What is a major factor that all humans share in common in their daily lives and can be found in farming, fermented food, the human body and the environment? The answer is microorganisms. Microorganisms are closely connected with and intertwined into our daily lives. Also, if microorganisms did not exist on earth, humans would not have been able to survive. Therefore, CBT reporters had an interview with Park Soo-je, a professor of Biology at Jeju National University who majored in microbiology at CBNU. In November last year, a joint research team led by professor Park Soo-je discovered a marine environmental toxicity removal substance. This is not only used to eliminate toxicity of nitrite in the ocean, to result in the artificial supply of nitrogen nutrients, but it is also considered ecologically valuable. -Ed.
1. Please give us a brief self introduction, and tell us why you majored in microbiology.
I am Park Soo-je who enrolled in CBNU in 1999. I completed both the undergraduate and graduate school courses there, and I am currently a professor of Department of Biology at Jeju National University. To briefly explain why I majored in microbiology, I wanted to become a geneticist through a science biography that I read when I was young. In fact, I do not remember why I wanted to be a geneticist because I was so young, but one clear memory seems to have been a longing for the understanding of genetics after reading a book of the part about the seedless watermelon. As I grew up, my interest in genetics gradually turned into an interest in microbiology.
2. What made you take a professional course in the field of microorganisms?
The influence of small microorganisms, like the butterfly effect, has a major impact on the ecosystem of the earth, including human diseases. Numerous studies have been conducted through world researchers, but it is still difficult for us to assess the potential of microorganisms. This is a great attraction for me in microbiology that there are still many microorganisms that are unknown, and that as the research progresses, they are surprised by the potential of microorganisms.
3. Can you explain, in simple terms, in what field microorganisms are closely related to real life?
Animals and plants, including humans, cannot live without microorganisms. However, on the contrary, microorganisms can survive without plants and animals. One of the most representative things that I talk to students about is nitrogen gas, which accounts for the majority of the earth’s atmosphere. This nitrogen gas is so stable that it is less responsive to other gasses because it has a stable chemical structure. It is the microorganism that makes the stable nitrogen gas a form of reactive ammonia. One example is root bacteria. Ammonia, in that form, is what makes plants grow, and people and animals survive by eating them. This seems to overestimate microorganisms too much, but it is true. No one on earth can make nitrogen gas into ammonia by themselves. It is only possible through microbial and human chemistry.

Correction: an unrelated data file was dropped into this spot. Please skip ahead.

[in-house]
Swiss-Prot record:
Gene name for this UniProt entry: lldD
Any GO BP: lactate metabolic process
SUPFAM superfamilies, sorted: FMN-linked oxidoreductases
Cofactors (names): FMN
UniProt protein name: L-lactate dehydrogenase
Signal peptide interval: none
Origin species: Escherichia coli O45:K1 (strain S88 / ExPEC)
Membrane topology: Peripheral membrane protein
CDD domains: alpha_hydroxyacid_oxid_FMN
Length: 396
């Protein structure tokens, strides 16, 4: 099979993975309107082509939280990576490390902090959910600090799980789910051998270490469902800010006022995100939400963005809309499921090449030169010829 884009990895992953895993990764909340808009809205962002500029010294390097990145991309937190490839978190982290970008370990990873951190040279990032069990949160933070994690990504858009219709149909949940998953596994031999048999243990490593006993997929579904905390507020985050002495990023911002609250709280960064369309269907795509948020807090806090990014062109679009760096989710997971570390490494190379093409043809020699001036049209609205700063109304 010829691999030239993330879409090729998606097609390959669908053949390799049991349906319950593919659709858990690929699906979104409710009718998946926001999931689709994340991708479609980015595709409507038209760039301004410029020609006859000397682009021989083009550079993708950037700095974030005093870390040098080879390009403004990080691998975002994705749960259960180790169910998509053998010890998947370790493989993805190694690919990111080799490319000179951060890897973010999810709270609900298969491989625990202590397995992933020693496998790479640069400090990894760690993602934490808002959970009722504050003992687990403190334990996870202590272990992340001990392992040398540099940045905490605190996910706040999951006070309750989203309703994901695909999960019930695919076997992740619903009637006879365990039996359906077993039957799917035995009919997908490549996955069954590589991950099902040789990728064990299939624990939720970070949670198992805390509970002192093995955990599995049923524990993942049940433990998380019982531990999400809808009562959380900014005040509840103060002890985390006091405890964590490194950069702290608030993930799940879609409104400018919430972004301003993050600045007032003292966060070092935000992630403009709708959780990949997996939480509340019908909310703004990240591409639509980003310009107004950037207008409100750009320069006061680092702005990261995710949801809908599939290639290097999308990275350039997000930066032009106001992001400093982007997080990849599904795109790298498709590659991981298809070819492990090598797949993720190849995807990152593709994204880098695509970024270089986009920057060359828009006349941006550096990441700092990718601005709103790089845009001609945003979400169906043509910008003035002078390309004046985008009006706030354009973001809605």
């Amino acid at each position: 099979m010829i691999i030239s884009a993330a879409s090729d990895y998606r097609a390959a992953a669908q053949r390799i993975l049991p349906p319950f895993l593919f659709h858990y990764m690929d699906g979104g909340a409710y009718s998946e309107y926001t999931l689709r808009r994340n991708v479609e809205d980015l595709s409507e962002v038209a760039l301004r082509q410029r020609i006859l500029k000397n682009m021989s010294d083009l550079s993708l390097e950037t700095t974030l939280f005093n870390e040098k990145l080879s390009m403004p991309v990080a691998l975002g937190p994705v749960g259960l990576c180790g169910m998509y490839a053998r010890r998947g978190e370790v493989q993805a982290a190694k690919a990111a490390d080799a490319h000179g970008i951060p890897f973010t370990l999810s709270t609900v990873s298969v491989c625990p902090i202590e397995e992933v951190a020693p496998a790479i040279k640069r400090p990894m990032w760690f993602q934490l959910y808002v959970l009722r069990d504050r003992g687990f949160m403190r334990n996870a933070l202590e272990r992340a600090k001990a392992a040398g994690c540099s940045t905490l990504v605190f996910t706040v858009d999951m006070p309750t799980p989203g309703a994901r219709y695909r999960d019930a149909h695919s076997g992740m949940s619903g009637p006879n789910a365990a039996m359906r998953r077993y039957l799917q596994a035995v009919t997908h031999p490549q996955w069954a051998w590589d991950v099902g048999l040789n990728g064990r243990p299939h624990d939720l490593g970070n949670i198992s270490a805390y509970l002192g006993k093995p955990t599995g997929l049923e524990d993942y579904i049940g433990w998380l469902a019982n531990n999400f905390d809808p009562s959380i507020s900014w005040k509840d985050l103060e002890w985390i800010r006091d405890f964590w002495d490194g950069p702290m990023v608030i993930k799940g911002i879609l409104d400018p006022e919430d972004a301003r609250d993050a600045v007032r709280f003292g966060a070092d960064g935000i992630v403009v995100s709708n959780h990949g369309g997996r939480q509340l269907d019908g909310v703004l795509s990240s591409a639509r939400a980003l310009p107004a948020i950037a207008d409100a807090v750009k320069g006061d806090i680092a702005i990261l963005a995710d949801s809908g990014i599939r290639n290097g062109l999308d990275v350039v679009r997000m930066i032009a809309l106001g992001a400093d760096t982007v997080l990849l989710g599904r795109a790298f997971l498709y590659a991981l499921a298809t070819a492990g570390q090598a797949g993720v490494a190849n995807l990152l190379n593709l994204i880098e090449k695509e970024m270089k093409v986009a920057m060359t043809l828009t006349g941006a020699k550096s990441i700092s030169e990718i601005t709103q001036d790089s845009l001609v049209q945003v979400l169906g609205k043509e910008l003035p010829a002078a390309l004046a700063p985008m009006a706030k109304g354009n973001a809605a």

4. What are some detailed examples of when only one microbial change or creation can change our daily lives?
There are some common representative foods that we eat. Kimchi, for example, contains lactobacillus which ferments carbohydrates to make lactic acid, and after that, it creates an environment in which pathogens cannot grow because of its low pH. Beer is also made in a similar way. If there were no microorganisms, there would have been no other food, not just kimchi and beer. The bad side is currently COVID-19. Our daily lives are already changing because of negative microbial ctivities.
5. The CBT reporters heard that your team discovered a marine environmental toxicity removal substance in a study conducted last year. Nitrite is known to be used as a food preservative, so can it be developed soon to the point where there are no toxic substances in food preservatives?
The study mentioned is a basic study of microorganisms that removes nitrite. Much of the ammonia entering the ocean or soil is converted into toxic substances, such as nitrite, through biological reactions. At this time, researchers can consider the application of cultivated microorganisms to remove converted nitrite through this study. Nevertheless, the food additive, nitrite used as a preservative, cannot be removed in any form.
6. Is there a big difference between the amount of nitrate in cooked or uncooked food such as ham?
Many people claim that it is removed by cooking or boiling food, but I doubt that it is possible to remove substances that have already undergone chemical reactions; there is no way to control a chemical reaction which is already over. It is just that boiling food removes the salty taste.
7. What does microbiology mean to you?
For me, microbiology is something I still do not fully grasp. It is a study that I can do, want to do, and have fun doing. It’s like destiny to me. To come right out, I seem to be fascinated by microbiology’s charm, and by pushing and pulling with microbiology.
8. What topic do you want to study more about?
This part is very secret, but I am currently studying to obtain genetic information on unknown microorganisms by using ecological genetic analysis techniques. Also, the research includes viruses, too. I am planning a very big mission with an overseas group.
9. Can you give advice to students who are aiming to become professors like you?
I am lucky enough to have a job as a professor, so I have been researching microbiology until now. This is no part that I dare to advise others, because I also have limited experience and thoughts. Nevertheless, if I had to say a few words, then just do it. I do not know what you want to do, but you, who are reading this article, already know what to do. You just need the agreement of others. Sometimes, you need to be selfish, so just look at how you can be happy with the decisions you make, within the bounds of morality and law.